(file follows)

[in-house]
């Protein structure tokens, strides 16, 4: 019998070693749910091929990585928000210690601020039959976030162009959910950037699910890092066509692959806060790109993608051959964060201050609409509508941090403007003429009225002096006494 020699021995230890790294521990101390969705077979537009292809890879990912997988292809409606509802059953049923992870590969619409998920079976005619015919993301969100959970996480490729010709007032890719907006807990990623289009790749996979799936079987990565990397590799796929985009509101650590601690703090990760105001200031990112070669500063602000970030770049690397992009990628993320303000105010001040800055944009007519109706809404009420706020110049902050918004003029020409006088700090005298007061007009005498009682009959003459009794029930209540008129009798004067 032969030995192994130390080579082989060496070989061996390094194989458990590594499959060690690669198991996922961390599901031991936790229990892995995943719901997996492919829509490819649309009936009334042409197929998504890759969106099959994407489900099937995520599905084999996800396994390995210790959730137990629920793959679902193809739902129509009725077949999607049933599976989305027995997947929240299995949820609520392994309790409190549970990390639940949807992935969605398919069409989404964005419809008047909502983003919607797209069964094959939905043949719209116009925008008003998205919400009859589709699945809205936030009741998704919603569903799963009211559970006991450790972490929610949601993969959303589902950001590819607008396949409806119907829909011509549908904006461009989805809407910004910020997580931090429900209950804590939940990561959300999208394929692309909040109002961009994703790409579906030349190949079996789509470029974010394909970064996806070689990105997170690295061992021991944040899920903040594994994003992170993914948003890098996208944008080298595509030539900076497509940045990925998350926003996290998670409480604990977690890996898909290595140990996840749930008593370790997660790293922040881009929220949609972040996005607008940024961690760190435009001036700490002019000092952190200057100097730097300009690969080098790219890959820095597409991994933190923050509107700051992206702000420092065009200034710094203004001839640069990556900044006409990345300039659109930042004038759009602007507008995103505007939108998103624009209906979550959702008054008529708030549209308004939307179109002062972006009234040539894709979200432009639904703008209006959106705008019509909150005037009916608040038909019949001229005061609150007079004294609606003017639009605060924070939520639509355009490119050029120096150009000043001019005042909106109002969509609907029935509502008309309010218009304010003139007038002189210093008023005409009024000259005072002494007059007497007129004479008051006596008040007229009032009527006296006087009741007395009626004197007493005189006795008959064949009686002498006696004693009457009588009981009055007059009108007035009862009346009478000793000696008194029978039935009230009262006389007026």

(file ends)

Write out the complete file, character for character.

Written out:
[in-house]
């Protein structure tokens, strides 16, 4: 019998070693749910091929990585928000210690601020039959976030162009959910950037699910890092066509692959806060790109993608051959964060201050609409509508941090403007003429009225002096006494 020699021995230890790294521990101390969705077979537009292809890879990912997988292809409606509802059953049923992870590969619409998920079976005619015919993301969100959970996480490729010709007032890719907006807990990623289009790749996979799936079987990565990397590799796929985009509101650590601690703090990760105001200031990112070669500063602000970030770049690397992009990628993320303000105010001040800055944009007519109706809404009420706020110049902050918004003029020409006088700090005298007061007009005498009682009959003459009794029930209540008129009798004067 032969030995192994130390080579082989060496070989061996390094194989458990590594499959060690690669198991996922961390599901031991936790229990892995995943719901997996492919829509490819649309009936009334042409197929998504890759969106099959994407489900099937995520599905084999996800396994390995210790959730137990629920793959679902193809739902129509009725077949999607049933599976989305027995997947929240299995949820609520392994309790409190549970990390639940949807992935969605398919069409989404964005419809008047909502983003919607797209069964094959939905043949719209116009925008008003998205919400009859589709699945809205936030009741998704919603569903799963009211559970006991450790972490929610949601993969959303589902950001590819607008396949409806119907829909011509549908904006461009989805809407910004910020997580931090429900209950804590939940990561959300999208394929692309909040109002961009994703790409579906030349190949079996789509470029974010394909970064996806070689990105997170690295061992021991944040899920903040594994994003992170993914948003890098996208944008080298595509030539900076497509940045990925998350926003996290998670409480604990977690890996898909290595140990996840749930008593370790997660790293922040881009929220949609972040996005607008940024961690760190435009001036700490002019000092952190200057100097730097300009690969080098790219890959820095597409991994933190923050509107700051992206702000420092065009200034710094203004001839640069990556900044006409990345300039659109930042004038759009602007507008995103505007939108998103624009209906979550959702008054008529708030549209308004939307179109002062972006009234040539894709979200432009639904703008209006959106705008019509909150005037009916608040038909019949001229005061609150007079004294609606003017639009605060924070939520639509355009490119050029120096150009000043001019005042909106109002969509609907029935509502008309309010218009304010003139007038002189210093008023005409009024000259005072002494007059007497007129004479008051006596008040007229009032009527006296006087009741007395009626004197007493005189006795008959064949009686002498006696004693009457009588009981009055007059009108007035009862009346009478000793000696008194029978039935009230009262006389007026």